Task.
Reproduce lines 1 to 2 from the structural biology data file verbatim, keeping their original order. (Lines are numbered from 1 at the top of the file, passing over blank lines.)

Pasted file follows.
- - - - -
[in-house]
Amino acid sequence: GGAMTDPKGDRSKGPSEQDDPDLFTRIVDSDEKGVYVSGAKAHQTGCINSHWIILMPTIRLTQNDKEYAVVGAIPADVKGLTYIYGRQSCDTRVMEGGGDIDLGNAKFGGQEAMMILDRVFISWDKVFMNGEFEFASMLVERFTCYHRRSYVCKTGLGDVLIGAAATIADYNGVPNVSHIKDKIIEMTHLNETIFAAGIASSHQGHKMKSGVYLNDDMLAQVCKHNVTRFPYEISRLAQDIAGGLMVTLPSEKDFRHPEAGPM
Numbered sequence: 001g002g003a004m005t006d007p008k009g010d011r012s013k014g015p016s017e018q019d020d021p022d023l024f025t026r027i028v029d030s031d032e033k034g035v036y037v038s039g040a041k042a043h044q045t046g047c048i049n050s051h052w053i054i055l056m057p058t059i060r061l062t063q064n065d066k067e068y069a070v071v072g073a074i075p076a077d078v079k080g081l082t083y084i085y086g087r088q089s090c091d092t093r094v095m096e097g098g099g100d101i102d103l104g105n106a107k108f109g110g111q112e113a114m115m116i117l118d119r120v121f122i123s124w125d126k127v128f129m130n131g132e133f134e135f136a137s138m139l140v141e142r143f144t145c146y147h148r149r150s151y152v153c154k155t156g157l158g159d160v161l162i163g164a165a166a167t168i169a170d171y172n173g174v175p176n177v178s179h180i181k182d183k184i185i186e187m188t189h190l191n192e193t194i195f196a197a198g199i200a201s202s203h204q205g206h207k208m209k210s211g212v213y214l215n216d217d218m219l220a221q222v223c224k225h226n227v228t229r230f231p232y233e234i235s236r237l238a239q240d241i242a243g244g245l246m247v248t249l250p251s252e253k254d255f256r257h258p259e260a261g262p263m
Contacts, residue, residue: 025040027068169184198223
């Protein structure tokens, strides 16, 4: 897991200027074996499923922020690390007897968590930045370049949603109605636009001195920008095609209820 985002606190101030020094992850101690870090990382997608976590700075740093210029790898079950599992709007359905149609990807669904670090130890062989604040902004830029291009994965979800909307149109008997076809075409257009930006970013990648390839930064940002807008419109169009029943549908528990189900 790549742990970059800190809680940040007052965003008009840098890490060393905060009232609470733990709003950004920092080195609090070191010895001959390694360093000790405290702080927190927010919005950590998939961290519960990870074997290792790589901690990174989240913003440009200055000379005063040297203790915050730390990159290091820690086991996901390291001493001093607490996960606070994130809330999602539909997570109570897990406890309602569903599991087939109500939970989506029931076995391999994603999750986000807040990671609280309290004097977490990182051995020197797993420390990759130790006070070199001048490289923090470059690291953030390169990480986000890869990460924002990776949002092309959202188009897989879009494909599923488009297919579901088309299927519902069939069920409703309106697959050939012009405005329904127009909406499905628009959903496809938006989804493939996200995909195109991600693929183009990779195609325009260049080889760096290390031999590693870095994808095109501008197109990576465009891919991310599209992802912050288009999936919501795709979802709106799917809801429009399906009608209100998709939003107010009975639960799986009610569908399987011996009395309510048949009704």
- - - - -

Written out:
[in-house]
Amino acid sequence: GGAMTDPKGDRSKGPSEQDDPDLFTRIVDSDEKGVYVSGAKAHQTGCINSHWIILMPTIRLTQNDKEYAVVGAIPADVKGLTYIYGRQSCDTRVMEGGGDIDLGNAKFGGQEAMMILDRVFISWDKVFMNGEFEFASMLVERFTCYHRRSYVCKTGLGDVLIGAAATIADYNGVPNVSHIKDKIIEMTHLNETIFAAGIASSHQGHKMKSGVYLNDDMLAQVCKHNVTRFPYEISRLAQDIAGGLMVTLPSEKDFRHPEAGPM